Stink Bug Traps


Anyone who has been in a home improvement or hardware store recently has probably a number of “NEW” insect traps labeled for stink bugs. Most of these traps involve the use of some sort of sticky surface to trap the insects surrounded by cardboard, paper, or plastic construction. Some also include lights to increase the effectiveness of the traps.

None of these traps contain any parts or process that is new or innovative. The only thing new about the traps is that they have “stink Bugs” on the packaging. Sticky type traps and insect light traps have been around for many years and are used every day in many different homes and business. They can be very effective at monitoring and control of flying insects if used properly.

The Brown Marmorated Stink Bug (BMSB) has presented some unique challenges when trying to use traps to control or even monitor their movements (The USDA has been working on stink bug traps for about 5 years). The most difficult challenge when trying to use a trap to prevent BSMB from entering your home in the fall is providing them with a reason to enter the trap. Since they do not feed or reproduce when they are entering your home, food attractants and sex pheromones are of little use. The use of light traps on the exterior of the home will catch some but will attract far more than it catches directly to your home. Currently, there are no exterior traps that will effectively stop the stink bugs from entering your home. Sure, exterior traps may catch a few, even a few hundred. But, when you consider that several thousand may be working their way into you attic, trapping a few hundred makes little difference. However, interior traps can give you significant reduction in the numbers of stink bugs flying around the inside of your house.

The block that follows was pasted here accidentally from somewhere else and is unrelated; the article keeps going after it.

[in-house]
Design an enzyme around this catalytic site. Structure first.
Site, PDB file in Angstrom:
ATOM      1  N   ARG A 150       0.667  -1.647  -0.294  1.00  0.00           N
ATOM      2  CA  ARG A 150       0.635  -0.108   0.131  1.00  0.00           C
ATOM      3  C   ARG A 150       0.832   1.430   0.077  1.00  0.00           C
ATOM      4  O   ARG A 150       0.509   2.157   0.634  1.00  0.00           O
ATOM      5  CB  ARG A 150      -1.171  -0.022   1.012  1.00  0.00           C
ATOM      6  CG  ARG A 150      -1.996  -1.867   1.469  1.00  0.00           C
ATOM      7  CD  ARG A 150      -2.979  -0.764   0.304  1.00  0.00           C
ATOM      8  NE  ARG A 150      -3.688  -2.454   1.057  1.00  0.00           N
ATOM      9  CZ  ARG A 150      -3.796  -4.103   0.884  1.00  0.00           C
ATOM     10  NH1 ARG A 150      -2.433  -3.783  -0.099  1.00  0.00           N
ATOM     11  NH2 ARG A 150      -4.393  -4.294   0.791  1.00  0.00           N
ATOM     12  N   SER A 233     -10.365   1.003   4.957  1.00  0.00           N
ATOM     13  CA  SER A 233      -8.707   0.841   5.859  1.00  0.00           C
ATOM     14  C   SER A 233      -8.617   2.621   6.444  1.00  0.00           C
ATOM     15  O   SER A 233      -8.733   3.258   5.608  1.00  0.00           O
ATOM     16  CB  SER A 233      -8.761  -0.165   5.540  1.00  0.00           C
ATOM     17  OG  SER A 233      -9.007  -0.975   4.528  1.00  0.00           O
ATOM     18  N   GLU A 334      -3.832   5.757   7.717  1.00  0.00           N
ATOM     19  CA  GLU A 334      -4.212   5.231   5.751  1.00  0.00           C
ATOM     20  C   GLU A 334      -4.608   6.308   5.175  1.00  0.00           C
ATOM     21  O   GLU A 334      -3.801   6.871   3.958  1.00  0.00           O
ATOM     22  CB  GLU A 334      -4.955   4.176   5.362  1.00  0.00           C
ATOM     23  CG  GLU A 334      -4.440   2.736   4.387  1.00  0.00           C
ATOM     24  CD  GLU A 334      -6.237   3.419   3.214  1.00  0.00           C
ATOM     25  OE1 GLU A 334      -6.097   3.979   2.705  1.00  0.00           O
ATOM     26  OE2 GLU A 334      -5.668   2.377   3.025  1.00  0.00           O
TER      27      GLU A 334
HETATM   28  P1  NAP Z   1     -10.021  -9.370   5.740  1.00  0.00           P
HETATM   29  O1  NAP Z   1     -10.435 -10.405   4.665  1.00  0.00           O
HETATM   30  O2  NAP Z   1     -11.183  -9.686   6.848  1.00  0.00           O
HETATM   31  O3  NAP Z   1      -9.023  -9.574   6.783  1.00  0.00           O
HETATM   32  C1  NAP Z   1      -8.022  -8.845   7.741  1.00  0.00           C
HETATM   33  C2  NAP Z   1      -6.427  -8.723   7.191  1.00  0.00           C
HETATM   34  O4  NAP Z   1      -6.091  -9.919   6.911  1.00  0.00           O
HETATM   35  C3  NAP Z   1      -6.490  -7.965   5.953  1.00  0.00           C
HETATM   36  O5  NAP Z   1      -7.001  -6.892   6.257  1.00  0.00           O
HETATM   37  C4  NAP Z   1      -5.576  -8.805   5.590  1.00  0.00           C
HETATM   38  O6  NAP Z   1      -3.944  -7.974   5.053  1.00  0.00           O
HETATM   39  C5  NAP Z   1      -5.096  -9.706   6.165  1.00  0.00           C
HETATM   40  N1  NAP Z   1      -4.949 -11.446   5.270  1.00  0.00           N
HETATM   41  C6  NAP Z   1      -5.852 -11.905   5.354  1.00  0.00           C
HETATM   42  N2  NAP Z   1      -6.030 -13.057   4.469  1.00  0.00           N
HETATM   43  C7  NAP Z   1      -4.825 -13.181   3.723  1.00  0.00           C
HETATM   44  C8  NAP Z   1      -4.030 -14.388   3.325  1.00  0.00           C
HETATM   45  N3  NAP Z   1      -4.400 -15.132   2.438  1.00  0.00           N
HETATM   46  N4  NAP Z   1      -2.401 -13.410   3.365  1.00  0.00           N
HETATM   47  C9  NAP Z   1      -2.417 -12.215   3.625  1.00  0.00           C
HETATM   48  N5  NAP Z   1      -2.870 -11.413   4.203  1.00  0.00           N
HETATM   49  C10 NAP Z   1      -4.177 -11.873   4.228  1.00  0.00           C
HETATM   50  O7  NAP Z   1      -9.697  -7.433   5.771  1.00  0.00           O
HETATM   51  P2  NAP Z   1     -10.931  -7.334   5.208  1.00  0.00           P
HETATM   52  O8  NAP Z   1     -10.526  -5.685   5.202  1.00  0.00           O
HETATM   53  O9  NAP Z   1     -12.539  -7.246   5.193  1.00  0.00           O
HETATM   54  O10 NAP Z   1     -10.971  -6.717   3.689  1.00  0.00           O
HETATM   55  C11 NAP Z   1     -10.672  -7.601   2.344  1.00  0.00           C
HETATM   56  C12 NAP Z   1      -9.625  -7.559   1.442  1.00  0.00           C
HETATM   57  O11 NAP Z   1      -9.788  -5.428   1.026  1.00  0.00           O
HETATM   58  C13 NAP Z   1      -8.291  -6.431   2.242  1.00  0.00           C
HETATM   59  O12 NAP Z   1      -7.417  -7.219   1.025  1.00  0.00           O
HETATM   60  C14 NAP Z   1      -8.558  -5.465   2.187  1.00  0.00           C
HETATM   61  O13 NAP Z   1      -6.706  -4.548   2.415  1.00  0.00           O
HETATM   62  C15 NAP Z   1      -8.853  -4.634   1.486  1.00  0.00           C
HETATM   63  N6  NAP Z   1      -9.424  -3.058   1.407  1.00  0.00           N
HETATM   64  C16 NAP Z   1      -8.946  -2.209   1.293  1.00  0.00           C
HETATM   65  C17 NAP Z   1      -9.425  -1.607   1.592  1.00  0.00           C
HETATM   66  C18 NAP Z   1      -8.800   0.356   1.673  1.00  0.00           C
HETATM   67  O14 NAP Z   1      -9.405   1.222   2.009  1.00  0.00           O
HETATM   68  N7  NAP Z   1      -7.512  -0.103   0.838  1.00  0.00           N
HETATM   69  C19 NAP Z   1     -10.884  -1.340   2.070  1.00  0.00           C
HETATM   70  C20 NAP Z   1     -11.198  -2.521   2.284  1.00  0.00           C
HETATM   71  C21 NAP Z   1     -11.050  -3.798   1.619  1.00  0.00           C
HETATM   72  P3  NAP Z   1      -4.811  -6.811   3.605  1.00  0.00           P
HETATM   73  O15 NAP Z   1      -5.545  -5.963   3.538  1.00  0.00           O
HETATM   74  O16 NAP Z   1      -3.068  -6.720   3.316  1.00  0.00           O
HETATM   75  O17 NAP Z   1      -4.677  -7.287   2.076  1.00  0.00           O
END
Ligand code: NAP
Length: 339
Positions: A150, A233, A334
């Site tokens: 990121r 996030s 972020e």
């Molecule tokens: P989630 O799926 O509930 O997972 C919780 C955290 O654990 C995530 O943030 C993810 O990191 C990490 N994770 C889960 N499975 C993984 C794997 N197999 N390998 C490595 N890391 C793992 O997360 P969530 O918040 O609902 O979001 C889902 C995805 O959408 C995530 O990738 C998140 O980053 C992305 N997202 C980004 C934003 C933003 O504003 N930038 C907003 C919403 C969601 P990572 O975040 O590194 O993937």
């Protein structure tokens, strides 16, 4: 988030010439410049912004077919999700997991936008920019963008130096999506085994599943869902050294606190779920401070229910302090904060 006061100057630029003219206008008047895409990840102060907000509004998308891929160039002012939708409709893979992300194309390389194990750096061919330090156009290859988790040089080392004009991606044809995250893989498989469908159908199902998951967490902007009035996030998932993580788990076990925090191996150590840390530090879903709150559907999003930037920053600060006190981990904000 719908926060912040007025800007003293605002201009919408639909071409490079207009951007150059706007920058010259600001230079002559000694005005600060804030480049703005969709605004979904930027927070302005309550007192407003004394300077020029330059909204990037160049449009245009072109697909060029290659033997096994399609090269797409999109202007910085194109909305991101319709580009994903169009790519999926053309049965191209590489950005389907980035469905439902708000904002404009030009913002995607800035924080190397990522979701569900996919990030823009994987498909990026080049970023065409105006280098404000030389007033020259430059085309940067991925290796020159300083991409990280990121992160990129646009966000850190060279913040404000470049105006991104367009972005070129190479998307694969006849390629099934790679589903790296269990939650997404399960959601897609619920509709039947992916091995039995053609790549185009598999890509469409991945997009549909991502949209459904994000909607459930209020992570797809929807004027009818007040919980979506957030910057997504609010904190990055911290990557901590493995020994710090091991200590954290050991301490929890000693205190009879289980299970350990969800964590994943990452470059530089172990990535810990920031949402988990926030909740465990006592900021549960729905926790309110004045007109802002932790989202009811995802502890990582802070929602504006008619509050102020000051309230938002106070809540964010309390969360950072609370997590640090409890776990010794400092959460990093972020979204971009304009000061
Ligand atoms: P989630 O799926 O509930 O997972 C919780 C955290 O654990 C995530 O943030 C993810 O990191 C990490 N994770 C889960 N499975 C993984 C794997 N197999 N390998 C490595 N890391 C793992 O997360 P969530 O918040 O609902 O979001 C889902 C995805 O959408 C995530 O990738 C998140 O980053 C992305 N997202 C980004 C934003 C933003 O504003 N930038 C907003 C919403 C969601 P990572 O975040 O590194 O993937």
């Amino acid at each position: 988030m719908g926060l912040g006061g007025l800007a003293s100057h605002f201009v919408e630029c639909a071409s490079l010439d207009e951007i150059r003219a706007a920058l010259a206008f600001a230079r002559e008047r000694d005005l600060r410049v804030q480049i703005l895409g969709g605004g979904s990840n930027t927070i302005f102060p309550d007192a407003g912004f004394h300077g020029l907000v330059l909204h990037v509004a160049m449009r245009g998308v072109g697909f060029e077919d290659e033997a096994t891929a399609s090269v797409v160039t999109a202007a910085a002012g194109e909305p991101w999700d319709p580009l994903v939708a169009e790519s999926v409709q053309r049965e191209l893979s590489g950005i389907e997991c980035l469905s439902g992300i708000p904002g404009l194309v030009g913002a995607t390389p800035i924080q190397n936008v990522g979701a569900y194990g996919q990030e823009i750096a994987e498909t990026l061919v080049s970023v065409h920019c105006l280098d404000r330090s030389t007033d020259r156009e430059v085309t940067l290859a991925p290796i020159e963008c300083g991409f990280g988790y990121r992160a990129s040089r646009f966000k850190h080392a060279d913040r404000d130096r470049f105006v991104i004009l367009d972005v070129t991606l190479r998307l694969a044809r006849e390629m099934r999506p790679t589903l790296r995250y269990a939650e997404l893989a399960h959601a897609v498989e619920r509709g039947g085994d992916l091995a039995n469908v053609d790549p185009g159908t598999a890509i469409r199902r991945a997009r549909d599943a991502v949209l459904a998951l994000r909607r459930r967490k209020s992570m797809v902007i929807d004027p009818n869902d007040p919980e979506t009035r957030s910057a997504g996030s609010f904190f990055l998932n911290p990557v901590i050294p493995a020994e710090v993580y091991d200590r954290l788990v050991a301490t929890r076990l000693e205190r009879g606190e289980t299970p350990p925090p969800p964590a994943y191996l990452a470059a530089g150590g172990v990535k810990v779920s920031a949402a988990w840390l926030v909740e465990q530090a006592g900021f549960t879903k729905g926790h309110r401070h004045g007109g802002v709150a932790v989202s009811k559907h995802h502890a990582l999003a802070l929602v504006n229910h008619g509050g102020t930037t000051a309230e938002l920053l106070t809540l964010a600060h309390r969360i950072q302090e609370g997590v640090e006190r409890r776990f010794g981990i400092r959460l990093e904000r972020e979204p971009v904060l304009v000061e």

If you want to use traps to reduce the numbers of stink bugs inside your house, these are the things you should consider based upon much research (independent and USDA) and much trial and error. First, stink bugs are difficult to keep in traps once they enter. They seem to be very adept at finding their way out. Second, Black seems to be more attractive color than others tested perhaps because it appears to be a hole or void area to them. Lastly, traps that use a UV light as an attractant has shown to be very effective at catching large numbers of stink bugs when placed properly. Placing light traps in the attic, crawl space, or other dark and undisturbed areas where the stink bugs hibernate can significantly reduce the numbers of these insects in your home. These light based traps will also catch a number of other insects like bees and wasps. They should incorporate the use of a glue board as the trapping method. Many times the stink bugs are entering the home along the roof line and end up in the attic space. They then can come down through the walls and other spots into the living areas of your home. Since stink bugs navigate in part by sight, they will be attracted to the strong source of UV light in the attic and become trapped before they make it down to your bedroom. You wont get them all, but you trap more this way than trying to trap them outdoors or hanging a glue trap in your living room because that’s where you see them.

Insect light traps are readily available and can be very effective in reducing the numbers of insects in your home if placed properly and maintained. It doesn’t have to say “stink bug trap” to be effective. Conversely, just because it may say “stink bug trap” does not mean it will do anything to solve your problem.

About the Author

Rick DeDonato, M.S. Entomology, Ohio State University
Post Graduate Training at the United States Academy of Health and Science

Royal Pest – Commercial and Residential Pest Control Planet Friendly Pest Control – (800) 769-2573

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